General advice in respect of activities:

Obviously, different types of organisation will have vastly different requirements.  Organisations should follow the advice provided for their specific sector.  We reiterate some of the common themes:

  • Take and follow advice specific to your sector.
  • Reassure users about the measures you are taking and acknowledge their anxieties
  • If you still have provision open, ask users not to attend if they feel unwell.
  • Advise users of any changes in service delivery.
  • Where applicable, all staff, volunteers and users should be encouraged to wash their hands often with soap and water, or use an alcohol-based hand sanitiser that contains at least 60% alcohol if handwashing facilities are not available. This is particularly important:
  • after taking public transport
  • before leaving home
  • on arrival
  • after using the toilet
  • after breaks in activities
  • before food preparation
  • before eating any food, including snacks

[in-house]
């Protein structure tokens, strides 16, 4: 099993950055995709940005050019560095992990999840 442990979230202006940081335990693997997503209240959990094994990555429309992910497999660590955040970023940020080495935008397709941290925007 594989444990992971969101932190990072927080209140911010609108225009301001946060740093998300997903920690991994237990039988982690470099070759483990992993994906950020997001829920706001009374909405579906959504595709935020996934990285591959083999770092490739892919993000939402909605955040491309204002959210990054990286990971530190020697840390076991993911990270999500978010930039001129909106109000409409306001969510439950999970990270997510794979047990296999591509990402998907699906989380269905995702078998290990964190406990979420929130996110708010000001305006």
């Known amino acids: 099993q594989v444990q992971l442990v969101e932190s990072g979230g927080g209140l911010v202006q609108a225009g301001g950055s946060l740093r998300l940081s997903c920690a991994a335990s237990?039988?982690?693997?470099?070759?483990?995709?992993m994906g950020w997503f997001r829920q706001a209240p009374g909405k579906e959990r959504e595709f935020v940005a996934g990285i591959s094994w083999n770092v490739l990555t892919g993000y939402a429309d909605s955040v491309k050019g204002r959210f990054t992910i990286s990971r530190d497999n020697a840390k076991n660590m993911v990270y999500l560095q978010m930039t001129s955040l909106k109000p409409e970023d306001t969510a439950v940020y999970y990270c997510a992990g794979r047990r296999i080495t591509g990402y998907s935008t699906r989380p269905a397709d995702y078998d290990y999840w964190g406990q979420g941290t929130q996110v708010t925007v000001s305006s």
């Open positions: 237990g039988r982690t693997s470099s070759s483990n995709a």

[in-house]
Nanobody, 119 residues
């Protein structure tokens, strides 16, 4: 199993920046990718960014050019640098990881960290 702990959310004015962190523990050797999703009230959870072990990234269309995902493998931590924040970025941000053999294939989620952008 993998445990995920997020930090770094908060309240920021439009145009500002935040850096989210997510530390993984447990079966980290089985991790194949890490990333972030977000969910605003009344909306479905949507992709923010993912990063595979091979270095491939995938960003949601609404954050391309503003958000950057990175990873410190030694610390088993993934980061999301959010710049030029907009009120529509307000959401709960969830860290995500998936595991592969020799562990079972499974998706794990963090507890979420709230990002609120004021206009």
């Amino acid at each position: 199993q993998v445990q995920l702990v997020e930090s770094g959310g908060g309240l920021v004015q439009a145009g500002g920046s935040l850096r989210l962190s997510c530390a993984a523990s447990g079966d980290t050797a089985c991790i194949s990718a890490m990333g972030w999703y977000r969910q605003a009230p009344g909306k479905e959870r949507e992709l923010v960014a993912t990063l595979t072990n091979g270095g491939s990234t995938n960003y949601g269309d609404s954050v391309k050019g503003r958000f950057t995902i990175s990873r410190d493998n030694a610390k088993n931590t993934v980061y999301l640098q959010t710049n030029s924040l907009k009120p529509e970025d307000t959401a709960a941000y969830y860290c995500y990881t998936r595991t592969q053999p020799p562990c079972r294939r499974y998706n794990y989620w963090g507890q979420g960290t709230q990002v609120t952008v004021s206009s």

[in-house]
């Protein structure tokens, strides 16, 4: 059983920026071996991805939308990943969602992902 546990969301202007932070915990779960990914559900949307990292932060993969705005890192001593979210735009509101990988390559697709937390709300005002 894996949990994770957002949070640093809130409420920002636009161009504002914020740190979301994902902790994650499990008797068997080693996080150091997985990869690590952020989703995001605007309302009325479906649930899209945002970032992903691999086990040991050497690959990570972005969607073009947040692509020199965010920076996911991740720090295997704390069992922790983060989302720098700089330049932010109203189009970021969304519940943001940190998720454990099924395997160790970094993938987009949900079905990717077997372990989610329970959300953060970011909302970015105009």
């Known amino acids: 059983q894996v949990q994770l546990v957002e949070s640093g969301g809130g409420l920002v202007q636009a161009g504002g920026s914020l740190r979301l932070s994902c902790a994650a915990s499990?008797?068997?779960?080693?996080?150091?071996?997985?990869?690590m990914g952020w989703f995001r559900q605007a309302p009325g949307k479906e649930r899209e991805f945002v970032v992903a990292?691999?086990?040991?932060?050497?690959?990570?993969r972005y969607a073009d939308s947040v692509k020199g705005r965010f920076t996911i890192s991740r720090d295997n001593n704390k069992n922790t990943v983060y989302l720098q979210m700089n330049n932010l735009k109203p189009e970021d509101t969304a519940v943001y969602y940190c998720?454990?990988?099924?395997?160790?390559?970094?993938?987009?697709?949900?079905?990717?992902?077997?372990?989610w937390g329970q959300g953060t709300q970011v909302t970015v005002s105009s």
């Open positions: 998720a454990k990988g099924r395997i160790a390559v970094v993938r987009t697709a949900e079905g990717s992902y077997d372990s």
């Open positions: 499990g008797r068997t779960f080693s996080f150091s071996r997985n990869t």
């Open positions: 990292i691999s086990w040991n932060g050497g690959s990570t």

• before leaving the charity’s venue
  • Everyone should also be encouraged to cover coughs or sneezes with a tissue, then throw the tissue in a bin. See Catch it, Bin it, Kill it
  • Anyone who feels unwell with a new persistent cough or fever should stay at home. Those individuals who have symptoms should self isolate for 7 days. If they are well but someone else in the household has symptoms then they should self isolate for 14 days (14 days covers the incubation through to recovery period)
  • Avoid touching eyes, nose, and mouth with unwashed hands
  • Avoid close contact with people who are unwell
  • Venues/Buildings should be clean; disinfecting frequently touched objects and surfaces